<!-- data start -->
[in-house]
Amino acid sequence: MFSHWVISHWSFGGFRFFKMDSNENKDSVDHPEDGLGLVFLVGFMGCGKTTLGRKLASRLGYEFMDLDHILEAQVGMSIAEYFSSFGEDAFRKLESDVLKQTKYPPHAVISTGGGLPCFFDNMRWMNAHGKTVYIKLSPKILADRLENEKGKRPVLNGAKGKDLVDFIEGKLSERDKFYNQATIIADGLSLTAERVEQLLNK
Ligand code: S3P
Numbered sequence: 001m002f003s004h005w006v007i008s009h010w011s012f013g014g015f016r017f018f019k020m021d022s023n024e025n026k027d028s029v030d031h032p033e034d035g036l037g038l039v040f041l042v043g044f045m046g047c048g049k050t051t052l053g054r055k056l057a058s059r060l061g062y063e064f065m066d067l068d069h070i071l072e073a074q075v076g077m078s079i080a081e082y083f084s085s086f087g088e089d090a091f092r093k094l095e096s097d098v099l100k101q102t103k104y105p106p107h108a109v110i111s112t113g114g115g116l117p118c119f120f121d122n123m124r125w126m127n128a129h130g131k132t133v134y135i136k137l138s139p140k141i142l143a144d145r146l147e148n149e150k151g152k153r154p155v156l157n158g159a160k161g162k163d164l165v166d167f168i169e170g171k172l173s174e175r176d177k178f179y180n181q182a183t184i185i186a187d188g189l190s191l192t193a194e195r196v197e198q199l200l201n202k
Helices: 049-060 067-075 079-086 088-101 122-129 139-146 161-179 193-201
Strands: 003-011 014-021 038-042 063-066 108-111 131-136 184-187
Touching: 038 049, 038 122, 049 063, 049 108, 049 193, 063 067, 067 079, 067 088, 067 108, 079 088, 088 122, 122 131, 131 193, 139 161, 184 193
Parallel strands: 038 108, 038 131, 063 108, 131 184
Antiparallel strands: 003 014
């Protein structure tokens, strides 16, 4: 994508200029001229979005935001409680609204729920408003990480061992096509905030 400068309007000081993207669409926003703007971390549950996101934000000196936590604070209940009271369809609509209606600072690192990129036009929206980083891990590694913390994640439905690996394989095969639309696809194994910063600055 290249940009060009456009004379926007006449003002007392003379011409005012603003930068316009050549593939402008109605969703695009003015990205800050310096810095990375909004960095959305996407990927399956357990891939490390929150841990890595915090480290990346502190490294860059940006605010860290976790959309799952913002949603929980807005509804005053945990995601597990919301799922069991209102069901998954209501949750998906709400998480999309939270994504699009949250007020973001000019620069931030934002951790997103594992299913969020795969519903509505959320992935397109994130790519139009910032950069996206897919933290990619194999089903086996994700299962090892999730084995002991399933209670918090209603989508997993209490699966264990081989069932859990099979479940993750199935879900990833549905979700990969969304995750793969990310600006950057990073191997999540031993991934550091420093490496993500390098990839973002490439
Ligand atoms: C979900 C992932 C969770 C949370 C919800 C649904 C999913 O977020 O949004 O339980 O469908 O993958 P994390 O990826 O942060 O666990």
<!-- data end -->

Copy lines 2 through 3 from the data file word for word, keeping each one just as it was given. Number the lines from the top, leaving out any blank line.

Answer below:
Amino acid sequence: MFSHWVISHWSFGGFRFFKMDSNENKDSVDHPEDGLGLVFLVGFMGCGKTTLGRKLASRLGYEFMDLDHILEAQVGMSIAEYFSSFGEDAFRKLESDVLKQTKYPPHAVISTGGGLPCFFDNMRWMNAHGKTVYIKLSPKILADRLENEKGKRPVLNGAKGKDLVDFIEGKLSERDKFYNQATIIADGLSLTAERVEQLLNK
Ligand code: S3P